Urology Annals

CASE REPORT
Year
: 2015  |  Volume : 7  |  Issue : 1  |  Page : 86--87

Resolution of hypercalcemia of malignancy following radical cystectomy in a patient with paraneoplastic syndrome associated with urothelial carcinoma of the bladder


Alfredo Harb-De La Rosa, Ahmed Ali, Sanjaya Swain, Murugesan Manoharan 
 Department of Urology, University of Miami Miller School of Medicine, Miami, FL, USA

Correspondence Address:
Murugesan Manoharan
Department of Urology, University of Miami Miller School of Medicine, P.O. Box 016960 (M814), Miami, FL, 33101
USA

Abstract

Hypercalcemia of malignancy is a common finding associated with different types of cancers; however, its association with urothelial carcinoma of the bladder is rare. We report a case of a 69-year-old male with nonmetastatic urothelial carcinoma of the bladder who developed hypercalcemia that failed to respond to medical management, but resolved completely after undergoing resection of the tumor through radical cystectomy.



How to cite this article:
La Rosa AH, Ali A, Swain S, Manoharan M. Resolution of hypercalcemia of malignancy following radical cystectomy in a patient with paraneoplastic syndrome associated with urothelial carcinoma of the bladder.Urol Ann 2015;7:86-87


How to cite this URL:
La Rosa AH, Ali A, Swain S, Manoharan M. Resolution of hypercalcemia of malignancy following radical cystectomy in a patient with paraneoplastic syndrome associated with urothelial carcinoma of the bladder. Urol Ann [serial online] 2015 [cited 2020 Jul 12 ];7:86-87
Available from: http://www.urologyannals.com/text.asp?2015/7/1/86/148627


Full Text

 INTRODUCTION



Many types of cancers are associated with paraneoplastic syndromes where hypercalcemia is relatively common; however, this finding is seldom related to urothelial carcinoma of the bladder. We report a case of a 69-year-old male with nonmetastatic urothelial carcinoma of the bladder who developed hypercalcemia that failed to respond to medical management, but resolved completely after undergoing resection of the tumor through radical cystectomy.

 CASE REPORT



A 69-year-old man diagnosed with muscle invasive urothelial carcinoma of the bladder. He was admitted with symptoms of nausea, mild abdominal pain, constipation, polyuria, polydipsia, and vague muscle aches. On physical examination, the patient had mild proximal muscle weakness and a palpable bladder mass that was mobile. His serum calcium was 14 mg/dl, and parathyroid hormone was <2.5 pg/ml. Metastatic workup, including computerized tomography of chest, abdomen, pelvis, and a bone scan was negative. Medical management to treat hypercalcemia including hydration and bisphosphonates was unsuccessful. An elective but urgent radical cystectomy was performed, which was uneventful. A bladder specimen measuring more than 20 cm was obtained [Figure 1]. During immediate postoperative period, calcium normalized with complete resolution of the patient's symptoms. Patient's postoperative serum calcium was 9.1 mg/dl.{Figure 1}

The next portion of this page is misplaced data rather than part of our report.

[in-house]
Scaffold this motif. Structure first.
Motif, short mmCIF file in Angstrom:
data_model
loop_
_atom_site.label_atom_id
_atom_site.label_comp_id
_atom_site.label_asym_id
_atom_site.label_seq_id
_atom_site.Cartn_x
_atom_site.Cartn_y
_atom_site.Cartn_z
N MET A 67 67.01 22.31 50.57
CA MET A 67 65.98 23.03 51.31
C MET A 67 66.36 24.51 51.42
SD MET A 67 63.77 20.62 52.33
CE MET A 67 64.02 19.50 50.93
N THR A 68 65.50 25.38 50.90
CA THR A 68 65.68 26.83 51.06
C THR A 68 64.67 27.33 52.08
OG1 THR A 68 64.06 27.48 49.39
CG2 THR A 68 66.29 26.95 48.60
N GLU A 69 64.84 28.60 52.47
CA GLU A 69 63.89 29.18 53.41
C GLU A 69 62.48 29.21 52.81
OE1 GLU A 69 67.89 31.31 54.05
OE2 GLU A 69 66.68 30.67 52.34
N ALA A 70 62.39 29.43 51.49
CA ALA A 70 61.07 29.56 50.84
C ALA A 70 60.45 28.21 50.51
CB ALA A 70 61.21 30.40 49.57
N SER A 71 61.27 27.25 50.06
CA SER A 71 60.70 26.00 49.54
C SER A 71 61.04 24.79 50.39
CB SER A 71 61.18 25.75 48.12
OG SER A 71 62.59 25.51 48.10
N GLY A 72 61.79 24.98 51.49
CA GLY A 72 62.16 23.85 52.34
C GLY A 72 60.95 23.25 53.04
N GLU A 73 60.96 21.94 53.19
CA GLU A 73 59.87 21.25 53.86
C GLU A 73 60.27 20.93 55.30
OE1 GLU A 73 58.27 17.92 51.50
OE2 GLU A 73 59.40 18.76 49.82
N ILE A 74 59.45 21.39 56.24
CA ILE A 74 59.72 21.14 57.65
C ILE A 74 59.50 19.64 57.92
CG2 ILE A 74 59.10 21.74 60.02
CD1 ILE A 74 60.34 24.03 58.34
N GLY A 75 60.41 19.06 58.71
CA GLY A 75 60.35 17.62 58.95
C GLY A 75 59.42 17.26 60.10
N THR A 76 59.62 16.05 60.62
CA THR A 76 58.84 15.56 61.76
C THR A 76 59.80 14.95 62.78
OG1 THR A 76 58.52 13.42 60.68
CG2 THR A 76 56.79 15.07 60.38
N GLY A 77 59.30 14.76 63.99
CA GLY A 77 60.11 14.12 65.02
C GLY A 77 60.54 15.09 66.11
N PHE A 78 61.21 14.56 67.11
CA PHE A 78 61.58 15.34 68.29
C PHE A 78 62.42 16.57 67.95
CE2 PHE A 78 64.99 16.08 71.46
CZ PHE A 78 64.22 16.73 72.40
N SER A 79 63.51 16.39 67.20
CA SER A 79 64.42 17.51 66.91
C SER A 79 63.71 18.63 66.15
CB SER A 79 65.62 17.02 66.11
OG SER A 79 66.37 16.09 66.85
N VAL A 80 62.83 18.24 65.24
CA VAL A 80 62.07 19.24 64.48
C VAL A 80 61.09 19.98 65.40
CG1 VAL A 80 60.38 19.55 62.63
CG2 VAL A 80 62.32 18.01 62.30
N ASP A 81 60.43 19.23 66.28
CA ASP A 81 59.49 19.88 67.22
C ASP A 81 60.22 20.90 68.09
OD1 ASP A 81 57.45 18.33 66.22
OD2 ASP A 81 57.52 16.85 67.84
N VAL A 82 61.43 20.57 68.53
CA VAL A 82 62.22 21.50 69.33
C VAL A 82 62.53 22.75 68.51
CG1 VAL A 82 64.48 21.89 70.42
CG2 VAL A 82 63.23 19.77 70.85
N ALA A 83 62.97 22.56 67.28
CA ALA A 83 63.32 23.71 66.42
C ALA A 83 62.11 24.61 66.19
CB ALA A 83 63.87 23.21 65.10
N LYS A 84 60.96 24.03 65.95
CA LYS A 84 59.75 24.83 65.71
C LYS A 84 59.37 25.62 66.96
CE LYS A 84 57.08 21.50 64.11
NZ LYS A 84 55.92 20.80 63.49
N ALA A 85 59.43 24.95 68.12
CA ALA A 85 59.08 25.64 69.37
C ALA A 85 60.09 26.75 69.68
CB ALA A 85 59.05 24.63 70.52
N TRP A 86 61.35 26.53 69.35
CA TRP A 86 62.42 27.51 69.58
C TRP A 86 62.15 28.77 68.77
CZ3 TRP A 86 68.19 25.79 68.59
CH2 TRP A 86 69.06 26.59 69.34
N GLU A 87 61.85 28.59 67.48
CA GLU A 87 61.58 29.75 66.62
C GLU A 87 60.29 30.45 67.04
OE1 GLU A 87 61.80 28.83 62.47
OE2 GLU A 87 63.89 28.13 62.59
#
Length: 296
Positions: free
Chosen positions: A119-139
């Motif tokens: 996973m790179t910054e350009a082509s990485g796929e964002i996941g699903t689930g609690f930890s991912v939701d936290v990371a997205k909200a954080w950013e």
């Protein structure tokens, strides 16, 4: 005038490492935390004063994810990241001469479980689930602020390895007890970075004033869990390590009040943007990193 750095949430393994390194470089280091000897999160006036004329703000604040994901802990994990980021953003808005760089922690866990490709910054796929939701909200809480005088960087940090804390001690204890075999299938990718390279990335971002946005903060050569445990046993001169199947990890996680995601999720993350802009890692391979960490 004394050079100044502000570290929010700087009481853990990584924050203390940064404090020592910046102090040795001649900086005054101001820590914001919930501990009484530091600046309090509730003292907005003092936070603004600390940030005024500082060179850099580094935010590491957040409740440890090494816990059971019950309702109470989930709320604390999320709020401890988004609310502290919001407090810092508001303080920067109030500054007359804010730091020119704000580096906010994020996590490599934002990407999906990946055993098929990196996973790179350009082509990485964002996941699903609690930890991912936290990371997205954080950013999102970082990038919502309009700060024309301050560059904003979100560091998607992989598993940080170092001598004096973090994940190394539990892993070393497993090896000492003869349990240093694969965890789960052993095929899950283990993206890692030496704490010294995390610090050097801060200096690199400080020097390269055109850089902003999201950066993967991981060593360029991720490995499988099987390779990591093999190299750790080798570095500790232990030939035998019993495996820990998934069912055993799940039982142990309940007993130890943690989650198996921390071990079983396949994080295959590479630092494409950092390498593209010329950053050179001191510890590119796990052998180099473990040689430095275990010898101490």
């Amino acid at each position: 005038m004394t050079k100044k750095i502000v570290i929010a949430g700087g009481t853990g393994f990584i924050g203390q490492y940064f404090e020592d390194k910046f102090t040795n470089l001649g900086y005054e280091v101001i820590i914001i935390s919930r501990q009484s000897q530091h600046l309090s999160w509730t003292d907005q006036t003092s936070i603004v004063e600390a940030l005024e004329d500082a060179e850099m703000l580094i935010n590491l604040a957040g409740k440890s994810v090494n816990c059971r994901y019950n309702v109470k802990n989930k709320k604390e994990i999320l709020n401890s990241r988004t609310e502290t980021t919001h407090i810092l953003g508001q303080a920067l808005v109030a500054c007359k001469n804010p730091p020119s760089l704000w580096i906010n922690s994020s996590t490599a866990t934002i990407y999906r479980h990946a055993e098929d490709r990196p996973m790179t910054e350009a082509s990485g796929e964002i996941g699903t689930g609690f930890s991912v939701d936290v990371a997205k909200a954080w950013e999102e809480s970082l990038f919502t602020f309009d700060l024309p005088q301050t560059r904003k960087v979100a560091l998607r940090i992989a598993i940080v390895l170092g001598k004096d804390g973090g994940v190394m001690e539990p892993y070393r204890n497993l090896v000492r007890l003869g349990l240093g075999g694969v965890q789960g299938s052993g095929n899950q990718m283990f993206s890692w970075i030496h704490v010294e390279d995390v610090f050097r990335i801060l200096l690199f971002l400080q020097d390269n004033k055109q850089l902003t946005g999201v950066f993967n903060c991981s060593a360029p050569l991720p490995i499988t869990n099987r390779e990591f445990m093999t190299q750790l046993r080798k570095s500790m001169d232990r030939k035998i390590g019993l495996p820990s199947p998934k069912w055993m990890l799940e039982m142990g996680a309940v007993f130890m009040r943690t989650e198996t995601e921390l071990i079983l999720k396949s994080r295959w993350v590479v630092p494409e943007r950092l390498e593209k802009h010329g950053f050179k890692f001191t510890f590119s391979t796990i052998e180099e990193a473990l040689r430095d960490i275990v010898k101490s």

DISCUSSION



Hypercalcemia of malignancy is a common paraneoplastic syndrome and a frequent complication of advanced breast and lung cancer, and multiple myeloma. However, it is rarely found in association with bladder cancer. Hypercalcemia that occurs in patients with malignancy may be due to circulating bone-resorbing factors secreted by tumor cells. While this can occur in up to 20% of patients with renal cell carcinoma, it is a rare phenomenon in transitional cell carcinoma. [1] Efforts to identify the responsible mediators have been hampered by a lack of available human tumor cell systems suitable for study of the pathogenesis of the humoral hypercalcemia of malignancy (HHM). [2] Similar to renal cell carcinoma, transitional cell carcinoma associated with paraneoplastic hypercalcemia tends to be high grade and aggressive in nature with a poor prognosis. [3] Thorough evaluation to establish the cause of hypercalcemia is essential to rule out primary hyperparathyroidism. Key therapies are saline hydration to promote calciuresis and bisphosphonates to reduce pathologic osteoclastic bone resorption. Calcitonin and glucocorticoids, especially in 1,25-dihydroxyvitamin D-mediated HHM, can be effective in the treatment of hypercalcemia. [4],[5] The gold standard treatment for muscle invasive bladder cancer and select cases of high-risk nonmuscle invasive bladder cancer is radical cystectomy, bilateral pelvic lymph node dissection, and urinary diversion. [6]

This case stands as an example to demonstrate the association between urothelial carcinoma of the bladder and hypercalcemia as a paraneoplastic syndrome, in which tumor removal through radical cystectomy resulted in complete resolution of the patient's hypercalcemia.

References

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